Representatives from SDSU (whose Snapdragon Stadium could host a team), the investment partners (which includes the Sycuan tribe and an investment group helmed by an Egyptian billionaire) and MLS officials are set to meet in San Diego this week. The U-T reported that an announcement of a deal could come later this month. The partners may have to pay an expansion fee of as much as $500 million.

How it works: People don’t own MLS teams. They pay the fee to own a piece of the MLS itself, a company.

Not so loyal: The news seems to have left out San Diego’s existing professional soccer team, San Diego Loyal Soccer Club, which plays in the USL, the United Soccer League. The USL is the Division II league, the lower level below MLS. It’s long been speculated Loyal’s leadership hoped to eventually buy into the MLS and promote the team to that level.

The new investment group appears to not be interested in partnering with Loyal, however. And that has left some local soccer fans pretty salty.

MLS is undoubtedly exciting to soccer fans but some have spent a lot of time building a community around Loyal.

“They’ve spent the last 4+ years of their lives dedicated to San Diego Loyal and you’ll have to give them some reason that they’re gonna leave the club that they’ve really fallen in love with,” said Darren Smith, a sports talk show host with San Diego Sports 760.

This isn’t Europe: In other parts of the world, soccer teams can move into higher leagues by performing well. But USL teams can’t move into the MLS. It has happened before, but only after major investments.  

A statement tweeted out on Wednesday by the Loyal seems to confirm that dream is in jeopardy. “We have become aware of an independent ownership group that intends to launch their own club in San Diego,” the tweet read, referencing the investment group in talks with the MLS.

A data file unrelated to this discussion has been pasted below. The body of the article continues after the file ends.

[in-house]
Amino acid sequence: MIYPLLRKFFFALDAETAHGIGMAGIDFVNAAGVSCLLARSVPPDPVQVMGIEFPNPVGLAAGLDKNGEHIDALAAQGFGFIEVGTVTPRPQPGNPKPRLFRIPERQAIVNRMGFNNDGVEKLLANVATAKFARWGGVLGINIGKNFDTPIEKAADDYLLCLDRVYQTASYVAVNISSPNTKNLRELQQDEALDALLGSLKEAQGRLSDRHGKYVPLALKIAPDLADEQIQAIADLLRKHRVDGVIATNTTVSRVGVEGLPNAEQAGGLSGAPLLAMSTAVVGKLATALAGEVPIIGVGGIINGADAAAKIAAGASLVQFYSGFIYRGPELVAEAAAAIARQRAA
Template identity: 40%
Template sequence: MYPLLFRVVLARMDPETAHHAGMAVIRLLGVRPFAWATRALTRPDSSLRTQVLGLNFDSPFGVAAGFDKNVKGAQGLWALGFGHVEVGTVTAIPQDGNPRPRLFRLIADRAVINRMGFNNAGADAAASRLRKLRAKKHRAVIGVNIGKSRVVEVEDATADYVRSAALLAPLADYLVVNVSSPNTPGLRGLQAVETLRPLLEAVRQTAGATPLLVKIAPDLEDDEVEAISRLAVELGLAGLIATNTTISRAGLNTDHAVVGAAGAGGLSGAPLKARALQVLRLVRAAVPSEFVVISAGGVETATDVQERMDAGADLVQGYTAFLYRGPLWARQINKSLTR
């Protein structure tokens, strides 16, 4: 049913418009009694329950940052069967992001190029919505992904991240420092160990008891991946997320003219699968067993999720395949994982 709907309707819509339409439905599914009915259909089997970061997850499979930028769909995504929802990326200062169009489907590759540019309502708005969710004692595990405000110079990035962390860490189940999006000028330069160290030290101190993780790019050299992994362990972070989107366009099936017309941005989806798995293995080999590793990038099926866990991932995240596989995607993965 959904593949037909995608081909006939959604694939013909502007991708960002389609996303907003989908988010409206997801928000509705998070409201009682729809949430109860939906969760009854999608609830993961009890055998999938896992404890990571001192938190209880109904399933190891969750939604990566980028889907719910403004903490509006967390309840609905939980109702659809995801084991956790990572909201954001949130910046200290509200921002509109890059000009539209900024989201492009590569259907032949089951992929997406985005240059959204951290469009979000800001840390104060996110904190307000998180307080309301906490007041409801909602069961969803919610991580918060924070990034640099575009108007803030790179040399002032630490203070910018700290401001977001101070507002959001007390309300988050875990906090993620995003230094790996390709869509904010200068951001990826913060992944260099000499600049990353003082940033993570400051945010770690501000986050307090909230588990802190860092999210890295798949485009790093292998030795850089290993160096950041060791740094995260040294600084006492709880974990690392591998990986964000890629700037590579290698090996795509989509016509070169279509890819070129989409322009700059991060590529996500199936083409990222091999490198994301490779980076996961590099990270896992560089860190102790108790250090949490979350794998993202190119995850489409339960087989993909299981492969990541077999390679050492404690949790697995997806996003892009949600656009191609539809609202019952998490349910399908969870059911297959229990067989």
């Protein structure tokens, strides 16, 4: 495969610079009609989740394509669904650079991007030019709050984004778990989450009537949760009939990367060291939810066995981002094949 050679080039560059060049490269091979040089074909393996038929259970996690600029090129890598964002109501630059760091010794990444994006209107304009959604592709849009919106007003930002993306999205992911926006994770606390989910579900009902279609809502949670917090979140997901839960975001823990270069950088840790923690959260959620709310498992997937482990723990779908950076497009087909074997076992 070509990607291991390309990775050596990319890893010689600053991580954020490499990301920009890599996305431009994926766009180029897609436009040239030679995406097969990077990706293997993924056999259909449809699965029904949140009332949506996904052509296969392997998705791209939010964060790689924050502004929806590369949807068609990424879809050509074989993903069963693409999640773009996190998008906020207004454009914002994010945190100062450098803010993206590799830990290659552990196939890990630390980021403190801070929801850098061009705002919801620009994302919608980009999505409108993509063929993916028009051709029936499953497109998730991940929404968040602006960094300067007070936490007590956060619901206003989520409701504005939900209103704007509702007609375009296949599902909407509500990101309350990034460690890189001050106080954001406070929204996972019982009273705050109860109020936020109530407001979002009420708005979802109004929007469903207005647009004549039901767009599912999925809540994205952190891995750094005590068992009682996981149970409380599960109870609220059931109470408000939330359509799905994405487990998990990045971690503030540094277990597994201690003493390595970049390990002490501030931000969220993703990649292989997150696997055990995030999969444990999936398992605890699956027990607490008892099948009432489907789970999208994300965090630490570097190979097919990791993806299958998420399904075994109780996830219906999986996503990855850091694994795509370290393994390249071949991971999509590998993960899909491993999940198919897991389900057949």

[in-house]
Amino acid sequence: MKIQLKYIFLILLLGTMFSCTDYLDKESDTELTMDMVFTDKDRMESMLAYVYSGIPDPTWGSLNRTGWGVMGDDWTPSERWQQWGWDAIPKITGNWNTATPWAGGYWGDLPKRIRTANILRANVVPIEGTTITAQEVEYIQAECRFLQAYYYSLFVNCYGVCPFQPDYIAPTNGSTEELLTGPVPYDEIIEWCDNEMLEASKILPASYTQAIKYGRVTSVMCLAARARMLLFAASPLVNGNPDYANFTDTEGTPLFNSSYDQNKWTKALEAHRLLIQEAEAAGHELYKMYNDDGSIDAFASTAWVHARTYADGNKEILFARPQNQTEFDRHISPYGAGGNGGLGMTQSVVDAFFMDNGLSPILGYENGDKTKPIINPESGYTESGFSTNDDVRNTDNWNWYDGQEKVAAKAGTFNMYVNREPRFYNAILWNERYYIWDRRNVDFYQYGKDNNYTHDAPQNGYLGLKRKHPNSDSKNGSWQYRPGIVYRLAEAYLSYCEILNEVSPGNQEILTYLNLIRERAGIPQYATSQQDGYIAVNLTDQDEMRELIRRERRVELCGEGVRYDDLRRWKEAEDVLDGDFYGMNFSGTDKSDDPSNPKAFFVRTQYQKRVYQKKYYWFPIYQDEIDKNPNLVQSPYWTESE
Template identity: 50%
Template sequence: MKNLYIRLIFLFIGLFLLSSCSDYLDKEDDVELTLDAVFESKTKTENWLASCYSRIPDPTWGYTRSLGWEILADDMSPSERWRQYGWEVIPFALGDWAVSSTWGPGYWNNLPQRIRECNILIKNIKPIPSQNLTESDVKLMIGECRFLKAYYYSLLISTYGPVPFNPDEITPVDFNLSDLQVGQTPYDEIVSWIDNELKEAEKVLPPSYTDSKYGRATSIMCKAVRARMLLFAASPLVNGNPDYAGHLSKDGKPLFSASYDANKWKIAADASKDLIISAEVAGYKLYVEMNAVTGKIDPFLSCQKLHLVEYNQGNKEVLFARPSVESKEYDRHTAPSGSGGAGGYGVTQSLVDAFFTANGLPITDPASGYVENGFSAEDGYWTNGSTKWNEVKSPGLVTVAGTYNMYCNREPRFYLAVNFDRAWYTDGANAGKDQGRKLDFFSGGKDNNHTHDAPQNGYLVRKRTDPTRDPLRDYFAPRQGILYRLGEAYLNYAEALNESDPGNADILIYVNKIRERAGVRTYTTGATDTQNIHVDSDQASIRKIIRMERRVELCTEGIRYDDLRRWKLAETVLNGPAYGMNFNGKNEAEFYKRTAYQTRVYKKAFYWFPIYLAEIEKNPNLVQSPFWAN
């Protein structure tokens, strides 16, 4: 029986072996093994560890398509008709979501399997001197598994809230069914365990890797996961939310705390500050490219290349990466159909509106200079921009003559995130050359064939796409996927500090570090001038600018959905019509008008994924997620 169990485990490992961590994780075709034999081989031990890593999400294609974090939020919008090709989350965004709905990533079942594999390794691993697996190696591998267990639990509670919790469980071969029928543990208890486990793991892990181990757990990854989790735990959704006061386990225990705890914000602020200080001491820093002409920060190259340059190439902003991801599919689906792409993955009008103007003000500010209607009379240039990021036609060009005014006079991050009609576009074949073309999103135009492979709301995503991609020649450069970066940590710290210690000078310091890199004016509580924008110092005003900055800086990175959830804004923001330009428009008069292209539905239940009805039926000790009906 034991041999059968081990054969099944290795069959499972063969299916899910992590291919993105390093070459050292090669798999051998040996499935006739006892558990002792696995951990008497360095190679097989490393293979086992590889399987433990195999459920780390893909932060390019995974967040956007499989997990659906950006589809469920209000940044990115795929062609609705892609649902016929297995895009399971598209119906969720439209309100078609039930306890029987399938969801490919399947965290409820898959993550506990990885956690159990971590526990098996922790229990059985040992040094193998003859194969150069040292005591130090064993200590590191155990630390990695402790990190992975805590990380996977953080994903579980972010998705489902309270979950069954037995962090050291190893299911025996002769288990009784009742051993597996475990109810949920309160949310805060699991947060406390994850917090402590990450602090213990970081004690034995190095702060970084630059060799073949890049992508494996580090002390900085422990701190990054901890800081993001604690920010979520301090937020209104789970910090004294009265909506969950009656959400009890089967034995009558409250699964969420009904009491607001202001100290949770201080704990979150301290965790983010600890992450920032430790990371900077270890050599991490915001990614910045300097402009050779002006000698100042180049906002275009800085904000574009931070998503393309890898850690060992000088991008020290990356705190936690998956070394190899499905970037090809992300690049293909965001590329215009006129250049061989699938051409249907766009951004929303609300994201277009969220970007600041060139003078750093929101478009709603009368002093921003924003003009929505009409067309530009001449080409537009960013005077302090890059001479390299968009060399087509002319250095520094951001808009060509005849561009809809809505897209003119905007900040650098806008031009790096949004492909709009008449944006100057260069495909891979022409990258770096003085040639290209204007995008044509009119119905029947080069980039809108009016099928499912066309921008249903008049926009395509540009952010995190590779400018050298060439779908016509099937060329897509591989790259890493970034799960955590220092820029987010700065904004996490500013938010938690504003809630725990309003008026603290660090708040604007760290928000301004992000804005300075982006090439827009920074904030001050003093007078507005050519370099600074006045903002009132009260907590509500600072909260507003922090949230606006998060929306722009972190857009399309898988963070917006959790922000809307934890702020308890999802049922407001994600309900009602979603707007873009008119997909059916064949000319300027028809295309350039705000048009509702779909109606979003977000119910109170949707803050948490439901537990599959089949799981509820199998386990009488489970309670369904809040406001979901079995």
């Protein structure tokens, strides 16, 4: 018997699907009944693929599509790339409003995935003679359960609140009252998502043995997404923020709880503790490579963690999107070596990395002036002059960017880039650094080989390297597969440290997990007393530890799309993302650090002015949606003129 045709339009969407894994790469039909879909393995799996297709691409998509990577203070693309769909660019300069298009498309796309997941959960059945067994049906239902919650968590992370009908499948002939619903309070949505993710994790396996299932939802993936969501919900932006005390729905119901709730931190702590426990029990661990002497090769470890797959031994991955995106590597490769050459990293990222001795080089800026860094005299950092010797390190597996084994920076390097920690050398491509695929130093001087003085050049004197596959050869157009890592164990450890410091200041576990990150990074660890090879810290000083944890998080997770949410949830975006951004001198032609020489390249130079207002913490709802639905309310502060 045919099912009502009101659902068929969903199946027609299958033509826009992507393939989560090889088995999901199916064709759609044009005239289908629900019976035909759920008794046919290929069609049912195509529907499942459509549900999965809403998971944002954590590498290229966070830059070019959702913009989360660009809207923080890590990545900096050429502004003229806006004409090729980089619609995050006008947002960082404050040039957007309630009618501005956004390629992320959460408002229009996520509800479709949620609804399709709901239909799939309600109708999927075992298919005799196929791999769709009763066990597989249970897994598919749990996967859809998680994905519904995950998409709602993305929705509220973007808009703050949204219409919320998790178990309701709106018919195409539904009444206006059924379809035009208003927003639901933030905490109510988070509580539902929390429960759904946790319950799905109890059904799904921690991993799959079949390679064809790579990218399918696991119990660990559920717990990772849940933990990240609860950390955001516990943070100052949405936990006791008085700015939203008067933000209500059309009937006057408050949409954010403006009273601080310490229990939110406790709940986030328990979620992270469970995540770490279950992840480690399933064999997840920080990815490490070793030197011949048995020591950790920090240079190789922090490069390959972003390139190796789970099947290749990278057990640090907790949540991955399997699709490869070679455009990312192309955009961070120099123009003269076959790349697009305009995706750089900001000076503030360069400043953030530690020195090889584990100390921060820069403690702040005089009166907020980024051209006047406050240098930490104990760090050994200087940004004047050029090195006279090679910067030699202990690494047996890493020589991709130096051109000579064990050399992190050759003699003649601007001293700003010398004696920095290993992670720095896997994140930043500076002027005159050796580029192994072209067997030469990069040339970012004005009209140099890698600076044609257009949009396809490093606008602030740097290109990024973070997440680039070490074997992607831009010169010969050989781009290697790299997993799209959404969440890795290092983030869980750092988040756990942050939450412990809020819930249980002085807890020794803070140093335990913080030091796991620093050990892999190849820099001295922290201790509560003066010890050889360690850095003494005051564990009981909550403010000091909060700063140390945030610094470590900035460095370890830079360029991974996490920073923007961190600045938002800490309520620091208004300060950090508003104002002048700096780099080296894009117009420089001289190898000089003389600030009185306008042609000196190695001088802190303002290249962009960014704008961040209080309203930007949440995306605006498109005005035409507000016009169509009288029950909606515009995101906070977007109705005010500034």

Still, as the name would suggest, the team wrote that that isn’t giving up on San Diego. “Our unwavering commitment is to the vision of growing soccer in this city … We aren’t going anywhere.”

The Learning Curve: What’s Changed with Area Supes

Superintendent of the San Diego Unified School District Dr. Lamont A. Jackson waves to students in a classroom at Spreckels Elementary school in University City on April 24, 2023.
San Diego Unified School District Superintendent Lamont Jackson waves to students in a classroom at Spreckels Elementary School on April 24, 2023. / Photo by Ariana Drehsler

Community stakeholders were blindsided by a plan to get rid of San Diego Unified’s area superintendents and hire new ones. The district argued that the job descriptions changed to such a degree that a new hiring process needed to be kicked off.

But for some, the actual text of the new job description seemed to indicate the changes were more aesthetic than functional. 

Jakob McWhinney spoke with Deputy Superintendent Fabiola Bagula to try to pin down exactly what the difference is.

She said the area superintendents will be given resource teachers to help them engage with school sites and they will be required to function more as a complete unit rather than operate in isolation. 

Plus UCSD’s Chancellor Gets a Very Unceremonious Award: Amid disagreements about the specifics of a new contract for UC San Diego’s graduate workers, students rushed the stage at a recent alumni event. As part of the protest, they gave Chancellor Pradeep Khosla a cardboard plaque that read “the most overpaid worker.”

Read all about it in the latest The Learning Curve.

In Other News 

  • Reports of crime are down across the region while violent crime specifically, fueled by robberies, are up. Even so, a recent San Diego Association of Governments assessment shows that the county continues to have one of the lowest violent crime rates among major U.S. metros. (Union-Tribune)  
  • San Diego congresswoman Sara Jacobs was selected to serve on the 50-person Biden-Harris re-election advisory board. (City News Service)
  • A San Diego County grand jury has determined that the region is not doing enough to build new housing. (Union-Tribune)

The Morning Report was written by Jesse Marx and Jakob McWhinney. It was edited by Andrea Lopez-Villafaña and Scott Lewis.